Saudi Journal of Medicine and Medical Sciences

IMAGE QUIZ
Year
: 2016  |  Volume : 4  |  Issue : 1  |  Page : 49--50

Trivial head injury or not?


Hosam Al-Jehani1, Yahya Al-Moathen2, Hind Alsaif3,  
1 Department of Neurosurgery, King Fahad University Hospital, University of Dammam, Dammam, Saudi Arabia; Department of Neurology and Neurosurgery, Montreal Neurological Institute and Hospital, McGill University, Montreal, Canada
2 Department of Neurosurgery, King Fahad University Hospital, University of Dammam, Dammam, Saudi Arabia
3 Department of Radiology, King Fahad University Hospital, University of Dammam, Dammam, Saudi Arabia

Correspondence Address:
Hosam Al-Jehani
C/O Ms. Janice D. Liwanag, Department of Neurosurgery, King Fahd Hospital of the University, Building 4, 3rd Floor, Al-Khobar




How to cite this article:
Al-Jehani H, Al-Moathen Y, Alsaif H. Trivial head injury or not?.Saudi J Med Med Sci 2016;4:49-50


How to cite this URL:
Al-Jehani H, Al-Moathen Y, Alsaif H. Trivial head injury or not?. Saudi J Med Med Sci [serial online] 2016 [cited 2021 May 16 ];4:49-50
Available from: https://www.sjmms.net/text.asp?2016/4/1/49/170915


Full Text

A 4-year-old boy was presented who fell from a height of about a meter; 3 weeks prior to the presentation. He suffered no loss of consciousness and was active. For about a week prior to the presentation, he was feeling unwell and noted by the family to be less active and complained of occasional abdominal pain. On the day of presentation, while febrile and lying on the couch, he sled and fell on his head. He was brought by his family to the emergency room, conscious but somewhat lethargic and febrile. There was a small bruise over his left eye. The neurological examination was nonfocal.

He was admitted for observation and further investigation. His initial noncontrast enhanced computed tomography (NECT) of the head is shown in [Figure 1].

{Figure 1}

 QUESTIONS



What are your imaging findings?What is the most likely diagnosis?What is your recommendation?

 View Answer

What are your findings?

Two selected axial cuts from a NECT of the brain show an epidural mass arising from the lateral wall of the left orbit. The mass abuts the left optic nerve and causes left proptosis [Figure 2].{Figure 2}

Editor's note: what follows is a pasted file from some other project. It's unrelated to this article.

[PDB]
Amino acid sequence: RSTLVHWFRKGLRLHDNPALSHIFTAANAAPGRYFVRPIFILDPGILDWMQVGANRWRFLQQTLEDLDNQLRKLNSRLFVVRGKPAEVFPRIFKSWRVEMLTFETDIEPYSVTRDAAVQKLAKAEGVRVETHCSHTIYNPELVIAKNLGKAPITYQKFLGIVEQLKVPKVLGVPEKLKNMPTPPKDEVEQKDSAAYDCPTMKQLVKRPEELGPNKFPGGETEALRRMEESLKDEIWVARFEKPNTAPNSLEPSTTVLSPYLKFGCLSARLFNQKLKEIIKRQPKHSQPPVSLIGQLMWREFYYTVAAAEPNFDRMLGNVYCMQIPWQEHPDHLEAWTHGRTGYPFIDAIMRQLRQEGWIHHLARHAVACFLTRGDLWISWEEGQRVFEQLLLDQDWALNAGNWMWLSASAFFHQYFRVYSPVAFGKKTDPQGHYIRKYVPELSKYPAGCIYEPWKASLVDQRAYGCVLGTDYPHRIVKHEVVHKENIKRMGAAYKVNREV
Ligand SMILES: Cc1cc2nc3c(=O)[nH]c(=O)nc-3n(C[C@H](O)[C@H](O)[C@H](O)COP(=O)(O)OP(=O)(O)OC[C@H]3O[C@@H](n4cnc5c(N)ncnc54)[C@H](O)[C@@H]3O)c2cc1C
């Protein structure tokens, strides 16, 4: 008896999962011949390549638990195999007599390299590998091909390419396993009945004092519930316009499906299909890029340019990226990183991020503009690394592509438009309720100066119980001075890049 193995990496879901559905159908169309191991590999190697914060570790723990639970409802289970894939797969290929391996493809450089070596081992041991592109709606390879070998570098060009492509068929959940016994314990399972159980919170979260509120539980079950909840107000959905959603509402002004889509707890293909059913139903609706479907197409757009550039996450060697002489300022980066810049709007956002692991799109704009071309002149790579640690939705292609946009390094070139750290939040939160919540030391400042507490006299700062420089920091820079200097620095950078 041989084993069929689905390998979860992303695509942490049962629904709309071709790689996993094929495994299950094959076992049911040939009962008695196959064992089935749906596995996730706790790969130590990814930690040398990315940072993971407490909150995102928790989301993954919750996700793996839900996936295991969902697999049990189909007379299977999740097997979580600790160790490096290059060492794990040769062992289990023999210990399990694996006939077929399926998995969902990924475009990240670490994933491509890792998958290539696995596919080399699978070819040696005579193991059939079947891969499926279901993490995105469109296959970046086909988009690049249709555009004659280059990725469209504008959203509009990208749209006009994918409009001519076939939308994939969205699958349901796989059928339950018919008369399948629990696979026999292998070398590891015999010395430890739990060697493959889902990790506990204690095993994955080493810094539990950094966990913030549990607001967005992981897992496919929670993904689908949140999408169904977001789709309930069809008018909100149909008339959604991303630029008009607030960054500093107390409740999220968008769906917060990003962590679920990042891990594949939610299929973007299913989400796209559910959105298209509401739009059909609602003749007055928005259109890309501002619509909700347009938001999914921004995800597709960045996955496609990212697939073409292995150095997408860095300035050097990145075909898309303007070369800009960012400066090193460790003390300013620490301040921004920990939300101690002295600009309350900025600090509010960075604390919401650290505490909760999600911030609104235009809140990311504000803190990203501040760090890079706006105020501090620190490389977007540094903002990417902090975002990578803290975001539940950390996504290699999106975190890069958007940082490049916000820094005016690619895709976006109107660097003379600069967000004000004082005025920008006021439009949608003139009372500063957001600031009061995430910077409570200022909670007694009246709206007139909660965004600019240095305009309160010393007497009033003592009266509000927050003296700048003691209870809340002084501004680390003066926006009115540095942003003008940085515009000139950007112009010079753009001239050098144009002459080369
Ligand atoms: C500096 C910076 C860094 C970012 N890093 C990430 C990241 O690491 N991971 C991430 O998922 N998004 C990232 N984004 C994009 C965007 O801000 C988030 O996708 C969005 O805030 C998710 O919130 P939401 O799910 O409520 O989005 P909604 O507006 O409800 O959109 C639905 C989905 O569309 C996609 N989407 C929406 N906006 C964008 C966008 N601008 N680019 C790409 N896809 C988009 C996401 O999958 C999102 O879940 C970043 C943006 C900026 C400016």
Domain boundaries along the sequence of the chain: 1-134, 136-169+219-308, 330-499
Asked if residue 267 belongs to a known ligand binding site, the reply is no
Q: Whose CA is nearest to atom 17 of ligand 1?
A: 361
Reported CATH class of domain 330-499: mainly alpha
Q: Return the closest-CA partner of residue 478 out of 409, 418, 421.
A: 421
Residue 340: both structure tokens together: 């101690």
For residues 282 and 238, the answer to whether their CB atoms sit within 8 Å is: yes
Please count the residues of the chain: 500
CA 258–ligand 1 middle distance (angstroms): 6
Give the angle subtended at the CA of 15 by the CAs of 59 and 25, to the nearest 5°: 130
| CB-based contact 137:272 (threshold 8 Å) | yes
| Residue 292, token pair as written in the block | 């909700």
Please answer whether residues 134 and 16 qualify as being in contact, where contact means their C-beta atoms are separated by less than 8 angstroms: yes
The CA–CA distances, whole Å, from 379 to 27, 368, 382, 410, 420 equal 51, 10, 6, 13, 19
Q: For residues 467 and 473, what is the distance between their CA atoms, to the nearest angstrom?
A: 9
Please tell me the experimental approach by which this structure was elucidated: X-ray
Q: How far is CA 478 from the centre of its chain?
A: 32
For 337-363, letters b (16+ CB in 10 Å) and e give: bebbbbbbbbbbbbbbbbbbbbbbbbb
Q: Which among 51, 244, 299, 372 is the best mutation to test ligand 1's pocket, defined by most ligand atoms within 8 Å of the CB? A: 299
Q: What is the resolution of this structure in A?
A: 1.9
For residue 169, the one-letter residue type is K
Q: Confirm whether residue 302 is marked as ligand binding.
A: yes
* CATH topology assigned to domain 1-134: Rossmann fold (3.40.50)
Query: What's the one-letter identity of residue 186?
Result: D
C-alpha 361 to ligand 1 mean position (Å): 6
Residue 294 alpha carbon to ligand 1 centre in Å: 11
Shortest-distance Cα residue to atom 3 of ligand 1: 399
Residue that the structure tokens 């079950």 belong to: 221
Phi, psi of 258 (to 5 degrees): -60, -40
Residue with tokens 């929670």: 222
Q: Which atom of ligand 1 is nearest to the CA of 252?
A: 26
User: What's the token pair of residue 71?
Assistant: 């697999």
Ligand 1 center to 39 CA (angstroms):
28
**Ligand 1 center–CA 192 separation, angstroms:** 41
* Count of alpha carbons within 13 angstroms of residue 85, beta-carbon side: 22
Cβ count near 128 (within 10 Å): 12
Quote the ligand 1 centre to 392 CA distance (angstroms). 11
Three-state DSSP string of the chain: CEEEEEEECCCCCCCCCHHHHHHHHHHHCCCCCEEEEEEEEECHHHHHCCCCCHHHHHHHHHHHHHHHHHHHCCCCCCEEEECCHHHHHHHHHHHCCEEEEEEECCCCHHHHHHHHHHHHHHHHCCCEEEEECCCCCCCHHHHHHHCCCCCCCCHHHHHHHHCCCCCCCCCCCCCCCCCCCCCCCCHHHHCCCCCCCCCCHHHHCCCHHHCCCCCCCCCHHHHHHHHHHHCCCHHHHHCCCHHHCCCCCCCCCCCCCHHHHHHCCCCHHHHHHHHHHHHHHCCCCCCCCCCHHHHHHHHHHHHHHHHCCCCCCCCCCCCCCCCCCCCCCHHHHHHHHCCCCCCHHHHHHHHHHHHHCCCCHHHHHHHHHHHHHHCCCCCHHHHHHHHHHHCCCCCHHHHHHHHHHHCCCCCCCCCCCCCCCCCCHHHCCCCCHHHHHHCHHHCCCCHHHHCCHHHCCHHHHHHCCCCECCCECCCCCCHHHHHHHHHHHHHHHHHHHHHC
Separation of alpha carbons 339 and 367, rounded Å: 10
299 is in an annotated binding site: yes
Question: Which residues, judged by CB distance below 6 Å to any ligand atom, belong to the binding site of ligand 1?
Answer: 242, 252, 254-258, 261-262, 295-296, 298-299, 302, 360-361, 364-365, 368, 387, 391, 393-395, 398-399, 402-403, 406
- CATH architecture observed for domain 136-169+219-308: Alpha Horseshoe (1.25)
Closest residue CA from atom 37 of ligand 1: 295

What is the most likely diagnosis?

Metastatic neuroblastoma to the left orbit.

Temporal epidural hematoma could be generated as a differential diagnosis, given the history of trauma; but should be eliminated, given the orbital findings and the bony involvement. [1]

What is your recommendation?

Given the consideration of metastatic neuroblastoma, full blood workup should be sought, and imaging of the abdomen should be requested early to assess the adrenal glands and abdominal metastasis. 2 It was done and revealed an adrenal mass and multiple liver lesions and enlarged the retroperitoneal lymph nodes in keeping with the diagnosis [Figure 3].{Figure 3}

 CONCLUSION



Neuroblastoma is the most common extracranial solid tumor among the pediatric patients, and orbital metastatic disease is not uncommon in these children. Physical signs as a consequence of orbital metastases such as proptosis and periorbital ecchymosis, frequently are encountered and should raise concern in any pediatric patient with imaging appearances which is suggestive of epidural mass. [1],[2]

References

1Ahmed S, Goel S, Khandwala M, Agrawal A, Chang B, Simmons IG. Neuroblastoma with orbital metastasis: ophthalmic presentation and role of ophthalmologists. Eye (Lond) 2006;20:466-70.
2Brodeur GM, Seeger RC, Barrett A, Berthold F, Castleberry RP, D'Angio G, et al. International criteria for diagnosis, staging, and response to treatment in patients with neuroblastoma. J Clin Oncol 1988;6:1874-81.